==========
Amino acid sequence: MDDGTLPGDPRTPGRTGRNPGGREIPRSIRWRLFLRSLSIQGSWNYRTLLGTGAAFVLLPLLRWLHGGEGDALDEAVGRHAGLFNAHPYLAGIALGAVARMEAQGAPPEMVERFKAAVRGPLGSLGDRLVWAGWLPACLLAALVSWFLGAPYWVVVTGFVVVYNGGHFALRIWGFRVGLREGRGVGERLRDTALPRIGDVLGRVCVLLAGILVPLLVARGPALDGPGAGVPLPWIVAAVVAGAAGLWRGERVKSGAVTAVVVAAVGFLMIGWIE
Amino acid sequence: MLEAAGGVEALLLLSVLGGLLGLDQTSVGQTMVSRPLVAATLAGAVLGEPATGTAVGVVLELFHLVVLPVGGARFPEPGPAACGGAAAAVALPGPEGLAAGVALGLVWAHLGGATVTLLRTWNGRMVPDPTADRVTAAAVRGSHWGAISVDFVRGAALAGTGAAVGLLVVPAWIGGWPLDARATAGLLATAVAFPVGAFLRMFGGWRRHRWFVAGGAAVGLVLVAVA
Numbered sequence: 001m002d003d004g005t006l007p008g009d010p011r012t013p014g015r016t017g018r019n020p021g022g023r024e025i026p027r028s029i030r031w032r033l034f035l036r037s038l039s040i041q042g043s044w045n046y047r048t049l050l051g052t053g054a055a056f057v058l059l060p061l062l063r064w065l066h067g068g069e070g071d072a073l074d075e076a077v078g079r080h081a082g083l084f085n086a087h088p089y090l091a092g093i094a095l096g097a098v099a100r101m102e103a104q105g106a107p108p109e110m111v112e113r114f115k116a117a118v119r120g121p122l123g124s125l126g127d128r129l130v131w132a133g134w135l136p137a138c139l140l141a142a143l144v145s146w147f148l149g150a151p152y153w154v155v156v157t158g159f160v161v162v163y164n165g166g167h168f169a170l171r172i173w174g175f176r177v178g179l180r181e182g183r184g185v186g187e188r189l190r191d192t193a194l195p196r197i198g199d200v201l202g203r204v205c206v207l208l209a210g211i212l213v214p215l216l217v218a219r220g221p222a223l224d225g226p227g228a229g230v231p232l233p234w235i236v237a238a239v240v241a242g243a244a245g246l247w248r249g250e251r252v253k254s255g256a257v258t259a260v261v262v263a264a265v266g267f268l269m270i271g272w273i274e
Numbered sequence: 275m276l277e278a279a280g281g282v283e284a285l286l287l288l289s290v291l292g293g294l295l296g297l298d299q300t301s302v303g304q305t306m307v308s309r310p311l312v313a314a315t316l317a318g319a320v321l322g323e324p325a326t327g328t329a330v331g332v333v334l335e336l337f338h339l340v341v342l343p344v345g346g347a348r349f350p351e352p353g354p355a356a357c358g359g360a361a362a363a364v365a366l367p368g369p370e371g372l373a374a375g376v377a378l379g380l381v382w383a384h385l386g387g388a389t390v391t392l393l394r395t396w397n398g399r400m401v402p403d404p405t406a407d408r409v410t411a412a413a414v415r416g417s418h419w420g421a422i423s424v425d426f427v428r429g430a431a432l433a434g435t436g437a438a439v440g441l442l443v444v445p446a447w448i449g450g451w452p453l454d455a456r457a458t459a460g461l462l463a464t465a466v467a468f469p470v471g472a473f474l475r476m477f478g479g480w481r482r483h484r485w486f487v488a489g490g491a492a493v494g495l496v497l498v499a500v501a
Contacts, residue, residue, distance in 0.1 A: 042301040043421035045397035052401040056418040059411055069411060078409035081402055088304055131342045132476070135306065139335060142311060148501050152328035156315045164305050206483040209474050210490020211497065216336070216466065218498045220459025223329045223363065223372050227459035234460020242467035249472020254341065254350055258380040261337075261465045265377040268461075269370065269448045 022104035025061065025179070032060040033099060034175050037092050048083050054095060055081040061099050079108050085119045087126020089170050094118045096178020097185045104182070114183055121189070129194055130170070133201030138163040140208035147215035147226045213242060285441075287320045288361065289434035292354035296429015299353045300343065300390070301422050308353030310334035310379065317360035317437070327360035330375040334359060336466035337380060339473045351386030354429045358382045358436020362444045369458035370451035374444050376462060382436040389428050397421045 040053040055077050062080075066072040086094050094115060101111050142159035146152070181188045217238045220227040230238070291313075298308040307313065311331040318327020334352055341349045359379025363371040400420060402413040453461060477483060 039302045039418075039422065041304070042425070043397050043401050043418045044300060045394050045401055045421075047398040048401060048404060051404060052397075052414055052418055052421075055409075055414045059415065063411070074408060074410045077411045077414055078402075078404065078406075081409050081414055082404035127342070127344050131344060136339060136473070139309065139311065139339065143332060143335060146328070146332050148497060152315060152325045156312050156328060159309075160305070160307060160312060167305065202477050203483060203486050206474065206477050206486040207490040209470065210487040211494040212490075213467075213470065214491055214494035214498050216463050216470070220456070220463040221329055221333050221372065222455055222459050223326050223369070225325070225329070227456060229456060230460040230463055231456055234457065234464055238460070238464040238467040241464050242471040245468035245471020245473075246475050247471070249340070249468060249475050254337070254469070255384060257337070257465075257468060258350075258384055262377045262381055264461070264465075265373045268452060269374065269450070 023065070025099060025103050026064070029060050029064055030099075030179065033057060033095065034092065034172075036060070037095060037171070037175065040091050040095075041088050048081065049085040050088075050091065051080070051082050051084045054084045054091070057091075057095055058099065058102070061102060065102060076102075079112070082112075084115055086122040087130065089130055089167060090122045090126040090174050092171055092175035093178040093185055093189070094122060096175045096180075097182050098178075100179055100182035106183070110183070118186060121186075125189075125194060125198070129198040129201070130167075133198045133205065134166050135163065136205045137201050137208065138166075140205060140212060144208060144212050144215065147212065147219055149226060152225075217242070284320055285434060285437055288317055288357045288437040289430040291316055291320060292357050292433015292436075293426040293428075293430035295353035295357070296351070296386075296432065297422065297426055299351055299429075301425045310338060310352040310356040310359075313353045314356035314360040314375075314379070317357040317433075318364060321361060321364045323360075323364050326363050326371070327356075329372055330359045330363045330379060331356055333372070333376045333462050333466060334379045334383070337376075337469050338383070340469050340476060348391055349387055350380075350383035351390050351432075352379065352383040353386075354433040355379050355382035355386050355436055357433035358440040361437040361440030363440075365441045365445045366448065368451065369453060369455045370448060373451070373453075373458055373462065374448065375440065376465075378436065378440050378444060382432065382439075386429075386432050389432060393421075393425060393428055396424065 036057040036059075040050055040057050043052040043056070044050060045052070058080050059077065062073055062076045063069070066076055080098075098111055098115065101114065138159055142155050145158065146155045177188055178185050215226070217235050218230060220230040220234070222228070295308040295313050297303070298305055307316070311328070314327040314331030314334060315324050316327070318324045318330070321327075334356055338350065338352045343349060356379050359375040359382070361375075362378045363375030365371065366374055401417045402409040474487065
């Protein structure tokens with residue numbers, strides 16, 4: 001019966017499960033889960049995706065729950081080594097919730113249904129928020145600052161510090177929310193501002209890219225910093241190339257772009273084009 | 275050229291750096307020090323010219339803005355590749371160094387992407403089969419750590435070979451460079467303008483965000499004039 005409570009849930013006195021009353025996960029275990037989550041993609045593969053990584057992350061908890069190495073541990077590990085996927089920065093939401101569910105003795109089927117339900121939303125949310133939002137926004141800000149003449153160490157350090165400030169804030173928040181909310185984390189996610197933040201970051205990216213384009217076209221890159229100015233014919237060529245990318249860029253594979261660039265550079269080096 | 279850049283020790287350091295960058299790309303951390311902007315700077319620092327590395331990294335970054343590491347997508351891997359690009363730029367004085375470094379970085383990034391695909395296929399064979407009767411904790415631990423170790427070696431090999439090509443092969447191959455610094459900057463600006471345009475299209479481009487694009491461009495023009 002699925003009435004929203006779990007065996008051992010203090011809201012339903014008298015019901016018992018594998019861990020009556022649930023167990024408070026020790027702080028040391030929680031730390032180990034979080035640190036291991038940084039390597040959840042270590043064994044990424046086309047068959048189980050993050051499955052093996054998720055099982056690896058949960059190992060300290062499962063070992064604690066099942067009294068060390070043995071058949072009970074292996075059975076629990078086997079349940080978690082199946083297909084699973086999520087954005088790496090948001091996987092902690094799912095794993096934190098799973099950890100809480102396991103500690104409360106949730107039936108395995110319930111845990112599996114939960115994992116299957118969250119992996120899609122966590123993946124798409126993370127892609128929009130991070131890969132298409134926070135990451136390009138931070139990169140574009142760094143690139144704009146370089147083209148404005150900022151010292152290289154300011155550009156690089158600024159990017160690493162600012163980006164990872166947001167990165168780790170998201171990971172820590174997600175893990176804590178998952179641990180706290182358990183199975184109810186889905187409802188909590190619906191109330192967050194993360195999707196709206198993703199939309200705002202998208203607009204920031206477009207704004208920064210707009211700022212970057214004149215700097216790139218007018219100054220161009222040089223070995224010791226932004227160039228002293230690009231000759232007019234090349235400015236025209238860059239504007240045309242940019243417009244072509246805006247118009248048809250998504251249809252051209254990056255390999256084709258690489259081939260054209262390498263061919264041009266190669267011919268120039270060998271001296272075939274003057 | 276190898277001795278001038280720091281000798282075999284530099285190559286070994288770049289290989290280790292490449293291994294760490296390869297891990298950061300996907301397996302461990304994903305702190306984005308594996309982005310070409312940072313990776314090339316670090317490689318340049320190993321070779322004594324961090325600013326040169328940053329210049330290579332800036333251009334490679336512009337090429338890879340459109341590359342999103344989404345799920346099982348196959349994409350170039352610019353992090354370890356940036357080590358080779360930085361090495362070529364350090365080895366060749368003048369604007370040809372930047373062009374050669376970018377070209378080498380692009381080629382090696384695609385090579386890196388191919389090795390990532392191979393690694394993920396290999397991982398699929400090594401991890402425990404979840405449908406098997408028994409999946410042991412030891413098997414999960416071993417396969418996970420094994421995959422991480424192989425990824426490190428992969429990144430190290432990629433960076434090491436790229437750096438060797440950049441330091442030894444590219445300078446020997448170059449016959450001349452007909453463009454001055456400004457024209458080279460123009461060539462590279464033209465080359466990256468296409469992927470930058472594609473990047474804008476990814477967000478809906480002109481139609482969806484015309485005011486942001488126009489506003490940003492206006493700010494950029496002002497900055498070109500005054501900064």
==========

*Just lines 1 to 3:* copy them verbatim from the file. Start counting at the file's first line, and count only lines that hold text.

Amino acid sequence: MDDGTLPGDPRTPGRTGRNPGGREIPRSIRWRLFLRSLSIQGSWNYRTLLGTGAAFVLLPLLRWLHGGEGDALDEAVGRHAGLFNAHPYLAGIALGAVARMEAQGAPPEMVERFKAAVRGPLGSLGDRLVWAGWLPACLLAALVSWFLGAPYWVVVTGFVVVYNGGHFALRIWGFRVGLREGRGVGERLRDTALPRIGDVLGRVCVLLAGILVPLLVARGPALDGPGAGVPLPWIVAAVVAGAAGLWRGERVKSGAVTAVVVAAVGFLMIGWIE
Amino acid sequence: MLEAAGGVEALLLLSVLGGLLGLDQTSVGQTMVSRPLVAATLAGAVLGEPATGTAVGVVLELFHLVVLPVGGARFPEPGPAACGGAAAAVALPGPEGLAAGVALGLVWAHLGGATVTLLRTWNGRMVPDPTADRVTAAAVRGSHWGAISVDFVRGAALAGTGAAVGLLVVPAWIGGWPLDARATAGLLATAVAFPVGAFLRMFGGWRRHRWFVAGGAAVGLVLVAVA
Numbered sequence: 001m002d003d004g005t006l007p008g009d010p011r012t013p014g015r016t017g018r019n020p021g022g023r024e025i026p027r028s029i030r031w032r033l034f035l036r037s038l039s040i041q042g043s044w045n046y047r048t049l050l051g052t053g054a055a056f057v058l059l060p061l062l063r064w065l066h067g068g069e070g071d072a073l074d075e076a077v078g079r080h081a082g083l084f085n086a087h088p089y090l091a092g093i094a095l096g097a098v099a100r101m102e103a104q105g106a107p108p109e110m111v112e113r114f115k116a117a118v119r120g121p122l123g124s125l126g127d128r129l130v131w132a133g134w135l136p137a138c139l140l141a142a143l144v145s146w147f148l149g150a151p152y153w154v155v156v157t158g159f160v161v162v163y164n165g166g167h168f169a170l171r172i173w174g175f176r177v178g179l180r181e182g183r184g185v186g187e188r189l190r191d192t193a194l195p196r197i198g199d200v201l202g203r204v205c206v207l208l209a210g211i212l213v214p215l216l217v218a219r220g221p222a223l224d225g226p227g228a229g230v231p232l233p234w235i236v237a238a239v240v241a242g243a244a245g246l247w248r249g250e251r252v253k254s255g256a257v258t259a260v261v262v263a264a265v266g267f268l269m270i271g272w273i274e